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This Kiss: A Match Made In Washington Update

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Wow, did we get some great submissions to the Match Made in Washington contest!  We'll take more entries today, because there are so many quotes out there from George Bush and Joe Lieberman on the mess in Iraq that we want to be sure and giver everyone an opportunity to do some research on the most egregious and craptastic ones.

We've also had a great response from a couple of regular readers — who have generously offered to add to the prize package for the contest.  So I'm happy to announce that we are now going to do two prizes — one for the best Lieberman quote, and one for the best Bush quote found by readers.  Among the prize pool now:  Bob Woodward's latest tome "State of Denial," which we at FDL will provide; a copy of Joe Maguire's "Brainless," which has been generously offered by our own omniscient reader EPU; and copies of "Iraq for Sale" and "Outfoxed," which have been generously provided by Robert Greenwald.  Please get your entries in by midnight PT tonight — we'll start voting on winners later in the week.

Now I just have to figure out how the prizes will be divided among the two categories:  between Bush and Lieberman, which one deserves denial and which one deserves brainless, do you think?

The NYTimes has a good overview this morning of the evolution of Joe Lieberman's statements on the mess in Iraq, including the following:

A close examination of hundreds of Mr. Lieberman’s statements on Iraq over the past five years shows that while he repeatedly praised President Bush, he was far more likely to criticize him. But those critiques dropped off markedly in the last two years, even as the insurgency in Iraq gained strength.

At the same time, Mr. Lieberman made negative comments about fellow Democrats three times as often as he made positive comments, particularly after his failed campaign for his party’s presidential nomination in 2004.

Near the end of this year’s primary, Mr. Lieberman ramped up his criticism of the Bush administration’s handling of the war, and soon after his loss, called for Defense Secretary Donald H. Rumsfeld to resign. More recently he has called for “bringing the troops home.” Yet he continues to strongly oppose setting a timetable for withdrawal, echoing the position of the White House.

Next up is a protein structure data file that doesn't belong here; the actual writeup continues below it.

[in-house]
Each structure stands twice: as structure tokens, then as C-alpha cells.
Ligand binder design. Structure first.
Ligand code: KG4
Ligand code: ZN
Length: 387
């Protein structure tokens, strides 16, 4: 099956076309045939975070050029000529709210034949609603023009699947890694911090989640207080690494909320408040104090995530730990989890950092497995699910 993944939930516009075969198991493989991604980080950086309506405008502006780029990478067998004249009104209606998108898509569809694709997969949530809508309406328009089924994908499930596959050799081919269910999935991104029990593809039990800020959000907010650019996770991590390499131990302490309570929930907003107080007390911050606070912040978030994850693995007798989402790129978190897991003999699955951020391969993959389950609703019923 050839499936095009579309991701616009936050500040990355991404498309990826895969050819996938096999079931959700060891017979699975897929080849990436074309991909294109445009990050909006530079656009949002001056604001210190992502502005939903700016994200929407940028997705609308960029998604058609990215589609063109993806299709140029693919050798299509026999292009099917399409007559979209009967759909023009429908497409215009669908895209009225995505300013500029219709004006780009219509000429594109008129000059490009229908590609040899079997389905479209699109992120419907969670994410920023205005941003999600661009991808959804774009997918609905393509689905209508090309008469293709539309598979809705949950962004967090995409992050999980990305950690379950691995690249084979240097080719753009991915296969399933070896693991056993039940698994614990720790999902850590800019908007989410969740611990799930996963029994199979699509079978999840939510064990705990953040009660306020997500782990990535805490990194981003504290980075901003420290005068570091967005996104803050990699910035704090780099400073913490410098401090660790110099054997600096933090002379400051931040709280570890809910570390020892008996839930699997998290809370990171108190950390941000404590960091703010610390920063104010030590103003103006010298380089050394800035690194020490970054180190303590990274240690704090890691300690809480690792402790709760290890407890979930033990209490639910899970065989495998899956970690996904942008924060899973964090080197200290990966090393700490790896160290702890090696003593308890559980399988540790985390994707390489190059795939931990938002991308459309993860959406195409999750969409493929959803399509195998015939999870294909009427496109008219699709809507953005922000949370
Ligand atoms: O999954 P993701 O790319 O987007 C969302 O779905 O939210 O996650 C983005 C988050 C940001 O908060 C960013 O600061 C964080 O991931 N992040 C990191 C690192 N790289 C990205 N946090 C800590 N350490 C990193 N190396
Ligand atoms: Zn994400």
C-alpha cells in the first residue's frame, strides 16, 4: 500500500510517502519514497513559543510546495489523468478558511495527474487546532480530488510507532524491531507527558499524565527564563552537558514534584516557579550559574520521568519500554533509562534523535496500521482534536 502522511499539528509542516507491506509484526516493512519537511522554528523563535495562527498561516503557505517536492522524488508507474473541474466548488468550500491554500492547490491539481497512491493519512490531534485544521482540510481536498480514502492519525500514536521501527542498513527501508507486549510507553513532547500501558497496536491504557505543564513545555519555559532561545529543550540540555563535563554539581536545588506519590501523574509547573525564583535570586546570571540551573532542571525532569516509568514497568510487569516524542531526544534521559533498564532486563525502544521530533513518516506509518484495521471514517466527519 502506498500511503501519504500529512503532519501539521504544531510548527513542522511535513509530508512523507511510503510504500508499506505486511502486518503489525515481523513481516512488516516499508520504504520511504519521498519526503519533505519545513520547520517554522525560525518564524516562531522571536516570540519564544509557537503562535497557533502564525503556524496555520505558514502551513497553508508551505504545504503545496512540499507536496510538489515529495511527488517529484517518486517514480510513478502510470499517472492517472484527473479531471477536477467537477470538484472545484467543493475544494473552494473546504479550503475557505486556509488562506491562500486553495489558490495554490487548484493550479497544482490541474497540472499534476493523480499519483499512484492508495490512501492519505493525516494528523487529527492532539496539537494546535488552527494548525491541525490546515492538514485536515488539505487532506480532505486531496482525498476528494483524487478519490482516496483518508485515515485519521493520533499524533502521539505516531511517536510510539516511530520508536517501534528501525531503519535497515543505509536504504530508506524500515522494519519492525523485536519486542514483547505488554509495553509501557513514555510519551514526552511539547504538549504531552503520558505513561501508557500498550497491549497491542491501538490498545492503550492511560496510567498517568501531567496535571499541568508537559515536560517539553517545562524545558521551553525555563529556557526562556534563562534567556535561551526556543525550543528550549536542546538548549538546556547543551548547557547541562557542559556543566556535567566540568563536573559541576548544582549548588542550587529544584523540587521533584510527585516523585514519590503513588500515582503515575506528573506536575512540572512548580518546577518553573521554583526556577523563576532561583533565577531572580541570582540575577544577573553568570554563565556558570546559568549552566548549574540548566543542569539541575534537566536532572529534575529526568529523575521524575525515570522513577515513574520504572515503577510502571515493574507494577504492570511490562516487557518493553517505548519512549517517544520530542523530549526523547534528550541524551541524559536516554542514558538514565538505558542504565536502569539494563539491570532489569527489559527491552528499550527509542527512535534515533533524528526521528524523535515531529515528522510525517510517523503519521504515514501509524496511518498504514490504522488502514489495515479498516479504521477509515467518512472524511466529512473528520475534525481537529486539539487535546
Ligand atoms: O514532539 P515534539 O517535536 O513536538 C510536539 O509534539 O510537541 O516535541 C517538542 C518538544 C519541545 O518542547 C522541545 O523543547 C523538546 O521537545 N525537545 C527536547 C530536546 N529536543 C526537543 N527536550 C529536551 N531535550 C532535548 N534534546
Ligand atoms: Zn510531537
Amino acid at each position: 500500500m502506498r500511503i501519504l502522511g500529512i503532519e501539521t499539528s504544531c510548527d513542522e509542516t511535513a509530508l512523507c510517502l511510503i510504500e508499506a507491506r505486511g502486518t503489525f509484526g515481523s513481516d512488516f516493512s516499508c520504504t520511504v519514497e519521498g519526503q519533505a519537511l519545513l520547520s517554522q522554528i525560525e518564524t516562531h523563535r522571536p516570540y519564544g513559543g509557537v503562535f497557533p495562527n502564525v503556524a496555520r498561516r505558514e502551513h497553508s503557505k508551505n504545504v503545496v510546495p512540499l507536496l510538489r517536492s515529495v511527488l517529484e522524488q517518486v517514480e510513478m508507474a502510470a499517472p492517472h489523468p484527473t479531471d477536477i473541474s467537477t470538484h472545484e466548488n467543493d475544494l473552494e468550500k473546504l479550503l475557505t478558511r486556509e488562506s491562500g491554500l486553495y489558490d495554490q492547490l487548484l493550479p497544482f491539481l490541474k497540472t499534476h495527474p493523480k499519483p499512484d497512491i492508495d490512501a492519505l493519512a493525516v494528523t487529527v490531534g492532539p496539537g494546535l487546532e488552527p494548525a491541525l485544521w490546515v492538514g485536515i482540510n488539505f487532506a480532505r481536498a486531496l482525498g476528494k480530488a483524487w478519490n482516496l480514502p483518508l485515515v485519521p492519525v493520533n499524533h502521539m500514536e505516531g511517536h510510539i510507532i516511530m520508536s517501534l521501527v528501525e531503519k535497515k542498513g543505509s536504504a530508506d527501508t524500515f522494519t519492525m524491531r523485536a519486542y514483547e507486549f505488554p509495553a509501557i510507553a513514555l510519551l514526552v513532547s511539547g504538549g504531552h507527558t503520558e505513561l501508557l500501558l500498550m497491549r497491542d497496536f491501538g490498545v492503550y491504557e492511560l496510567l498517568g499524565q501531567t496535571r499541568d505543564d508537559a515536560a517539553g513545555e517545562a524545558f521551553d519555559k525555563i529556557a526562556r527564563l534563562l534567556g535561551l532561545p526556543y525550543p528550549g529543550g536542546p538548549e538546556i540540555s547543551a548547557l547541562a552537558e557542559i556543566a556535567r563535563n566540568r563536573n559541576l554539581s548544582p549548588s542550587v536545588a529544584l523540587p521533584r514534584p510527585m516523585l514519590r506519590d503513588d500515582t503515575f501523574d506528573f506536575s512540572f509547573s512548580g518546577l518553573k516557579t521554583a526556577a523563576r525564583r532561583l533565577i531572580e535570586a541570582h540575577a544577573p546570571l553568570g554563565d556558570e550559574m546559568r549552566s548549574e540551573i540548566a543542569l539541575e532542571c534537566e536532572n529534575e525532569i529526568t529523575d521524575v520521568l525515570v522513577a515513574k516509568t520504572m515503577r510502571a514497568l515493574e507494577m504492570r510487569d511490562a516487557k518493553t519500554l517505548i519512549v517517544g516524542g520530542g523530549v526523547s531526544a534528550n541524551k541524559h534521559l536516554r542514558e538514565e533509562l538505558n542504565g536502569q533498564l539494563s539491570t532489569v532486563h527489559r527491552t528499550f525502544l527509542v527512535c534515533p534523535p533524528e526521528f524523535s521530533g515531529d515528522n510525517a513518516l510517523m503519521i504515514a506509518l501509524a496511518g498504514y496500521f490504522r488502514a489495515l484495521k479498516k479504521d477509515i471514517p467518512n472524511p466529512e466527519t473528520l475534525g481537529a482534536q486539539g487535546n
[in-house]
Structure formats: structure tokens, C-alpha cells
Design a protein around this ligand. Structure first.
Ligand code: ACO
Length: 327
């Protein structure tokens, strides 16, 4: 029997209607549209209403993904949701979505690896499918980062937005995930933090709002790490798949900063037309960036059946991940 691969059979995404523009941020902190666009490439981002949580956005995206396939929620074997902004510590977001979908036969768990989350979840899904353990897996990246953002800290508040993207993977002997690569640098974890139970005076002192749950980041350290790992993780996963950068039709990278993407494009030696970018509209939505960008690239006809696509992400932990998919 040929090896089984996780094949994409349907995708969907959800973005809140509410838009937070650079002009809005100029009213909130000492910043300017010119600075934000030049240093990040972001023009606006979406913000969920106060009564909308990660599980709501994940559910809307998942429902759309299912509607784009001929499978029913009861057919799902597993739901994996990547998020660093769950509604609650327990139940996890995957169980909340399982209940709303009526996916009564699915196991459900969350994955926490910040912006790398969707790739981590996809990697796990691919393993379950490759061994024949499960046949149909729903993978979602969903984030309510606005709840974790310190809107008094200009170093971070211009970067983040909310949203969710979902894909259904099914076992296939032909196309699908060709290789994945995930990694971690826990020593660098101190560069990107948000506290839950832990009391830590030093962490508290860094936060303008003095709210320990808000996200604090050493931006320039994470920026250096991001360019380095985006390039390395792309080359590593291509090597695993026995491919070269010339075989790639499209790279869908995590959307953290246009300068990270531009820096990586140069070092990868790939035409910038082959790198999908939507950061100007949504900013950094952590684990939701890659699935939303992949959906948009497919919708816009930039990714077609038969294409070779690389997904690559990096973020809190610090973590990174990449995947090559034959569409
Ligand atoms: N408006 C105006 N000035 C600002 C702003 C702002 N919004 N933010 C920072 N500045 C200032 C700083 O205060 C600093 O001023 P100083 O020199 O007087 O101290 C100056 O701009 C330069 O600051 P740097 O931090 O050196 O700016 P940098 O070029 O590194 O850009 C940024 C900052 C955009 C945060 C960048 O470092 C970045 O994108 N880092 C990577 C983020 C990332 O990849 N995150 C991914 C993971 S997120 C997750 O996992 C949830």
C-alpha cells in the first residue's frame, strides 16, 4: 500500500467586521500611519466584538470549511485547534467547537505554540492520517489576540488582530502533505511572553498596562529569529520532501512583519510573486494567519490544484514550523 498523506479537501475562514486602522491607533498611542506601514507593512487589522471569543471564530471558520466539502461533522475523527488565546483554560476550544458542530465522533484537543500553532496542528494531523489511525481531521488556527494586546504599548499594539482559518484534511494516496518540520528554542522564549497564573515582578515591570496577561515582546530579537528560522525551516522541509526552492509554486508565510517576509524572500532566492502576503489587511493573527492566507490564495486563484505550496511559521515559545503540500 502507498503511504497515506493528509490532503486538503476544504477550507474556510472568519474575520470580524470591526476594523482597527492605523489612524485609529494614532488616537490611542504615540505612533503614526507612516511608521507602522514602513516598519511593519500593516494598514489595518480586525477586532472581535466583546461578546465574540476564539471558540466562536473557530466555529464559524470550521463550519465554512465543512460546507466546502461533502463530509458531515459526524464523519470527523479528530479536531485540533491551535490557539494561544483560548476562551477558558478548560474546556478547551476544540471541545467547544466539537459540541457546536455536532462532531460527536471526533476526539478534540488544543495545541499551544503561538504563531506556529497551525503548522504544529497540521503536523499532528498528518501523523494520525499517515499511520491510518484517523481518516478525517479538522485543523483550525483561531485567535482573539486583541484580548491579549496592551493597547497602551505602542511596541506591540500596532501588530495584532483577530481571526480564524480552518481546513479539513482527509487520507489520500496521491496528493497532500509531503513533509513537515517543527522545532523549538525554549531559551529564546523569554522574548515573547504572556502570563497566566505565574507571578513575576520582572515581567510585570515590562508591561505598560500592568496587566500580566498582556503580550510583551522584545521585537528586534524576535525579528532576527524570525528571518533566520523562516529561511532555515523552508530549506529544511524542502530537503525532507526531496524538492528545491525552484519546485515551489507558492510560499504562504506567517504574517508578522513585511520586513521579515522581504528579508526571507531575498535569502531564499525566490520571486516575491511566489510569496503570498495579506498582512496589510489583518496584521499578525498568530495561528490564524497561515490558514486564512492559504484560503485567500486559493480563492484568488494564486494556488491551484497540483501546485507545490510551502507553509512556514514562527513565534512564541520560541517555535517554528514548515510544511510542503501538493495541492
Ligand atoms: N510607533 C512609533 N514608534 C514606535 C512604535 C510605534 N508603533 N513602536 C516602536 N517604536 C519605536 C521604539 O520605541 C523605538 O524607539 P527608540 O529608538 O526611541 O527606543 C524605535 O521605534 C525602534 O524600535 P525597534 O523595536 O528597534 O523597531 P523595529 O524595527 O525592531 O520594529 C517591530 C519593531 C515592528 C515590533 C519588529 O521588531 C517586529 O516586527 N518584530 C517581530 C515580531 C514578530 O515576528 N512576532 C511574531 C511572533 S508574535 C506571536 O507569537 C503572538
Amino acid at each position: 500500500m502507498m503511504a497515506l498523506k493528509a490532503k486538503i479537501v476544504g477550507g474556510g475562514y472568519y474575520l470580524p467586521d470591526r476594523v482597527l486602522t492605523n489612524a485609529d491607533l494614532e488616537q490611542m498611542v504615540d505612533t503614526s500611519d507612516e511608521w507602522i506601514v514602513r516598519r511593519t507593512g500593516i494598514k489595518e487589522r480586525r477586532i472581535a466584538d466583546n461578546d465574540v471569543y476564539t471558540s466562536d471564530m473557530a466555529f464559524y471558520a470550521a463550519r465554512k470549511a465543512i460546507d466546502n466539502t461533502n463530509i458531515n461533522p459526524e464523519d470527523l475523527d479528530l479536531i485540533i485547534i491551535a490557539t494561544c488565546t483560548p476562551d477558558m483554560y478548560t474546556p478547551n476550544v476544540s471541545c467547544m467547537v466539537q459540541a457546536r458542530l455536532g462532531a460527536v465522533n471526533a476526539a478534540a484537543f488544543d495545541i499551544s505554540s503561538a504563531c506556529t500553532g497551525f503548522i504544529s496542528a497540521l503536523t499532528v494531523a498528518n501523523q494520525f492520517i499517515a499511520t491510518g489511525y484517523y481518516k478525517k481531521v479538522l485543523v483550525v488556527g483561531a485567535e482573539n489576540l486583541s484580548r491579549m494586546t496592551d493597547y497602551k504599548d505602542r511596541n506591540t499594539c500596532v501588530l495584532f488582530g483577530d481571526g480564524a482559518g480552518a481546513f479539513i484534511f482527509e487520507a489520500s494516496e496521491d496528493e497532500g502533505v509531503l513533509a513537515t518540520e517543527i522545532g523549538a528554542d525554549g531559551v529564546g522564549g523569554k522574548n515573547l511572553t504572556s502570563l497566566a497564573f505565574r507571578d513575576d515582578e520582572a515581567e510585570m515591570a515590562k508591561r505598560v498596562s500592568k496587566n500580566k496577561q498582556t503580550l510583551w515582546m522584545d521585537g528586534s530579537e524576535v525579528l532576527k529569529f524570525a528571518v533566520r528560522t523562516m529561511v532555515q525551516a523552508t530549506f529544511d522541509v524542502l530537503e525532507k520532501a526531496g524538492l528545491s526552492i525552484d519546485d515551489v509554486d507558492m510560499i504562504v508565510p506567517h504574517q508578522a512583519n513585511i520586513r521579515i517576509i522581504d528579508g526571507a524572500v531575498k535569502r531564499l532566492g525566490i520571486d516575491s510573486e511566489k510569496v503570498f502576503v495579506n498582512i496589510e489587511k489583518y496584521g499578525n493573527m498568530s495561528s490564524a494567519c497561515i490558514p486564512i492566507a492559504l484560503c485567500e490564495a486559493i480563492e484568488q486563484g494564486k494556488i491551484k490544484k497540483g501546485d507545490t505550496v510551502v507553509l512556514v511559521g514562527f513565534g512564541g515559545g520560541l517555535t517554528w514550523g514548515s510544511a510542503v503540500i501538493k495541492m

As the battle of interpretation continues, The New York Times sorted 362 of Mr. Lieberman’s war-related comments since the Sept. 11 terrorist attacks into content-related categories, and found that he has alternated his arguments about the parties and the war’s prosecution, shifting tone at critical points as political circumstances have evolved.

Say Anything To Keep My Seat Joe…just put your finger in the wind and speak from your interpretation of the public mood, and oddly enough the consistent theme is that Joe criticizes Democrats more often than not. Rah rah, team.

Matt Stoller has some thoughts on Joe's Nixonian machinations on Iraq and on the question of whether there ever was any real integrity — or whether it has all been a smoke and mirrors game for Turncoat Joe. Those are some questions that the CT voters ought to ba asking themselves, but the answers have broad implcations for the rest of us out here in the US of A, because the Senate looks like it is going to be down to the wire. Are you comfortable with Turncoat Joe being the deciding vote?  I'm certainly not.

CTBob has more about the debate last night.  As does Matt.  And My Left Nutmeg.  I thought Ned kicked butt last night, especially his answer on habeas issues and the need for accountability, checks and balances and a commitment to the rule of law — he sounded Senatorial, Joe sounded petulant and angry, and Schlesinger provided some much needed levity at a couple of points, all the while jabbing at Lieberman's failure of a record.  It's going to be a very interesting next couple of weeks in this race, isn't it?  Go Ned!

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Christy Hardin Smith

Christy Hardin Smith

Christy is a "recovering" attorney, who earned her undergraduate degree at Smith College, in American Studies and Government, concentrating in American Foreign Policy. She then went on to graduate studies at the University of Pennsylvania in the field of political science and international relations/security studies, before attending law school at the College of Law at West Virginia University, where she was Associate Editor of the Law Review. Christy was a partner in her own firm for several years, where she practiced in a number of areas including criminal defense, child abuse and neglect representation, domestic law, civil litigation, and she was an attorney for a small municipality, before switching hats to become a state prosecutor. Christy has extensive trial experience, and has worked for years both in and out of the court system to improve the lives of at risk children.

Email: reddhedd AT firedoglake DOT com

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